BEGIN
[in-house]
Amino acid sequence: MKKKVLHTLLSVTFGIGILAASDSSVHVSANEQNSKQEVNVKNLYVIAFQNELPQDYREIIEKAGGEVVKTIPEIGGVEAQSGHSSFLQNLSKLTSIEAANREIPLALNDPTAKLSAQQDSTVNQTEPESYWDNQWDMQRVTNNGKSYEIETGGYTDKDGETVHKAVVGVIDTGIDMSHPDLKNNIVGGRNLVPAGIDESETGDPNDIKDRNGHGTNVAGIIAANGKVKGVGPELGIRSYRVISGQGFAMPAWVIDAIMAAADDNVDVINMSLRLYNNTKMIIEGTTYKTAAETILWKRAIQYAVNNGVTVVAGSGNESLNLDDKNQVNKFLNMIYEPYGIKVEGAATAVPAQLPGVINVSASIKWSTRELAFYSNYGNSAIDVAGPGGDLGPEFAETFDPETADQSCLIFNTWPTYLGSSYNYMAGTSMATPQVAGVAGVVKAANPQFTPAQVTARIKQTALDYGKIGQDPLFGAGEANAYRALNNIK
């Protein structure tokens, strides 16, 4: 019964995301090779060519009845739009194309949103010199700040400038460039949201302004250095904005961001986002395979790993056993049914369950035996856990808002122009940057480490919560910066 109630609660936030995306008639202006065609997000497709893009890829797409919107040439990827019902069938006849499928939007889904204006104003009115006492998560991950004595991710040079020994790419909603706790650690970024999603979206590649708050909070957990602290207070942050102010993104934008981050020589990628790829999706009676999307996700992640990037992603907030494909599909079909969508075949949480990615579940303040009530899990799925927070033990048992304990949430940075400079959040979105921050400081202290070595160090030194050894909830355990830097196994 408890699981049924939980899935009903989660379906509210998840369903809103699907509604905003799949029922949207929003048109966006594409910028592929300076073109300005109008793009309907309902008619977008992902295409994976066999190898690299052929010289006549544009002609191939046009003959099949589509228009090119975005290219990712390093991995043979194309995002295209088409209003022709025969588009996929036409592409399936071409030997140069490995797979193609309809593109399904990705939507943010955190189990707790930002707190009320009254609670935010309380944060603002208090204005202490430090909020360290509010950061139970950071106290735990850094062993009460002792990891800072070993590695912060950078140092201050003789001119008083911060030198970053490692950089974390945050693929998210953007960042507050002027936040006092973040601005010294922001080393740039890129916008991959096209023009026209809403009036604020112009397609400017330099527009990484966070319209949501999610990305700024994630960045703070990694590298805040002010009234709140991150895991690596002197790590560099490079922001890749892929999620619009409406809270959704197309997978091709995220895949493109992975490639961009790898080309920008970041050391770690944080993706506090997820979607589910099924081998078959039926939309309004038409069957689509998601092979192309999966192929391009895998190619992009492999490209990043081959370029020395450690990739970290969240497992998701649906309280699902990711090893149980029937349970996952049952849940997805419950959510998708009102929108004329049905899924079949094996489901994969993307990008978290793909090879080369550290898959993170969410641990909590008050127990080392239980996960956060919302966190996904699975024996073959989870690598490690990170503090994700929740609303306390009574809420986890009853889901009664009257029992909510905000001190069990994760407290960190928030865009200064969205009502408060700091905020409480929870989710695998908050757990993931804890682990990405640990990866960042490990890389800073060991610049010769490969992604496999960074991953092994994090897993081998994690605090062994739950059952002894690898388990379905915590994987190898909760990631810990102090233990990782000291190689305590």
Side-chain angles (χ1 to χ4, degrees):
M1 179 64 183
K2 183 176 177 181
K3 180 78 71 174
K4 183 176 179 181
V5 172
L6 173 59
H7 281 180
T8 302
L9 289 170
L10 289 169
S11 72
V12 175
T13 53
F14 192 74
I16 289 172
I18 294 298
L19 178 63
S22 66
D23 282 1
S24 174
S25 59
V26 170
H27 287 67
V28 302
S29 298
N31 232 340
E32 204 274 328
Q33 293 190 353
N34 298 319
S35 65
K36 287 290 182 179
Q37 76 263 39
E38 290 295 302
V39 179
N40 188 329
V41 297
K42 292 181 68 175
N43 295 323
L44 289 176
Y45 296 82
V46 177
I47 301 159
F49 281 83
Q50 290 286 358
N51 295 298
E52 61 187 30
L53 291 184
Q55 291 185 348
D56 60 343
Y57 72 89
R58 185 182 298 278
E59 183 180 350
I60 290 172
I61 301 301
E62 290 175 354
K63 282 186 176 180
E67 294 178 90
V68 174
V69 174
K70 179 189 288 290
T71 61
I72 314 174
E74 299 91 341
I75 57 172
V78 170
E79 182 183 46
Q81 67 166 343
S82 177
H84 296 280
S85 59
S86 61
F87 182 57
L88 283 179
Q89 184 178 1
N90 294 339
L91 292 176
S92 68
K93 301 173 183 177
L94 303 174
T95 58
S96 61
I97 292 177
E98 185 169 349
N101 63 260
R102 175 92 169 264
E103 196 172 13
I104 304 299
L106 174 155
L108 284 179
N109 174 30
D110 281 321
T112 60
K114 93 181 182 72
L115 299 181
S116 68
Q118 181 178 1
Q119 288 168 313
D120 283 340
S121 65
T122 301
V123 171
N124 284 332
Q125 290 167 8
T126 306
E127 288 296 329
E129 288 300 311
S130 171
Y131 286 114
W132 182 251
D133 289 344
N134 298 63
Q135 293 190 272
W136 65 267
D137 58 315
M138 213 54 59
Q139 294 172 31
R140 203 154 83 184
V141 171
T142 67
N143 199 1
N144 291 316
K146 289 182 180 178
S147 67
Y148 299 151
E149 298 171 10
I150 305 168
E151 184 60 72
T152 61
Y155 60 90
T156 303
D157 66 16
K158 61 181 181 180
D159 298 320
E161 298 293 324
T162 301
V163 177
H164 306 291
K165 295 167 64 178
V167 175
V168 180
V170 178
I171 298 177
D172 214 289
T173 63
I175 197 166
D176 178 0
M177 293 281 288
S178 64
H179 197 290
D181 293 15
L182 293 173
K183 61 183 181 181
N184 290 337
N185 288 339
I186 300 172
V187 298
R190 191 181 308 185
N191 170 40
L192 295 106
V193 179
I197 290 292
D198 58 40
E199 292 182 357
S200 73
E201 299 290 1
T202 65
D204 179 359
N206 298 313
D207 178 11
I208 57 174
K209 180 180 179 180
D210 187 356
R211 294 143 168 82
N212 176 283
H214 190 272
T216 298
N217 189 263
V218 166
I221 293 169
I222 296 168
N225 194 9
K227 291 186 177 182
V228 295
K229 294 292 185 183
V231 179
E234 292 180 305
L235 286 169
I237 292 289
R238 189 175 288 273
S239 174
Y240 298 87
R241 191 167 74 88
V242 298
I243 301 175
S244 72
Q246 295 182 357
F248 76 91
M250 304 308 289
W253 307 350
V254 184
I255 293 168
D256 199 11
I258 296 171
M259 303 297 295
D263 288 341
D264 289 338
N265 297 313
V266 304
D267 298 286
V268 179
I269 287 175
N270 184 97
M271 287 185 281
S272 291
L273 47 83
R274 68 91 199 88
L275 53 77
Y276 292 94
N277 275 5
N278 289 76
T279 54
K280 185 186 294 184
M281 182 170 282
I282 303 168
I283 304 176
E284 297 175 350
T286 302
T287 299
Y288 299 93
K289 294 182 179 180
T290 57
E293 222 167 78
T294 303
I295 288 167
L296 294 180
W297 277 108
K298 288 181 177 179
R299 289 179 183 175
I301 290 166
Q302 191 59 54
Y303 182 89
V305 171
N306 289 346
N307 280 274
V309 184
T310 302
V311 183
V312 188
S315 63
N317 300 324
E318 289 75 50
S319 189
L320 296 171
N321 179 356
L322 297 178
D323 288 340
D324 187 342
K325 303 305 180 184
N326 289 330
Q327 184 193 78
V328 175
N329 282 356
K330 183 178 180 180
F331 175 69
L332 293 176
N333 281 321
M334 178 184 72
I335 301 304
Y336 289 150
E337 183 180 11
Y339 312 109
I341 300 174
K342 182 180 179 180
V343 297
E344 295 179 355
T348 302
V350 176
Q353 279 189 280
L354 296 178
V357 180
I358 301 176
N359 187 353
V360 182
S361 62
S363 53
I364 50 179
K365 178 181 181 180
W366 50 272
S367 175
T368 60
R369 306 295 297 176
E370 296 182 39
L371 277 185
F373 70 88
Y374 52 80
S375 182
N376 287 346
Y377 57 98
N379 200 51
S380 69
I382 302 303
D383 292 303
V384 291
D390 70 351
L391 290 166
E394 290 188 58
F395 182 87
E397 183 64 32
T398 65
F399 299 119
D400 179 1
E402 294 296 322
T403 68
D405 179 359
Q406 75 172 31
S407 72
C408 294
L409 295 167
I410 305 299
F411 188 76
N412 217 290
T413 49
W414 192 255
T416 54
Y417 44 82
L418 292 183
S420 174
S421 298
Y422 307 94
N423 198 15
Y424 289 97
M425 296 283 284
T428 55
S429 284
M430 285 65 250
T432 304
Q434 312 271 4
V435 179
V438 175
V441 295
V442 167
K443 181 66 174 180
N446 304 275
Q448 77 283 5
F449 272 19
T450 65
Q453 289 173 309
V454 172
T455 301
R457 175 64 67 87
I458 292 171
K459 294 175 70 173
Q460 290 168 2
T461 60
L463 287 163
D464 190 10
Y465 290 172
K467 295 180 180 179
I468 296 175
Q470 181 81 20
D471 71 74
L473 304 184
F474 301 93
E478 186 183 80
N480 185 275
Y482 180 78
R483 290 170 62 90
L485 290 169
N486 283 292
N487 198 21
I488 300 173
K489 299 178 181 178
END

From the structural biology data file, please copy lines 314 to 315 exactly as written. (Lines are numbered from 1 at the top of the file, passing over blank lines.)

F399 299 119
D400 179 1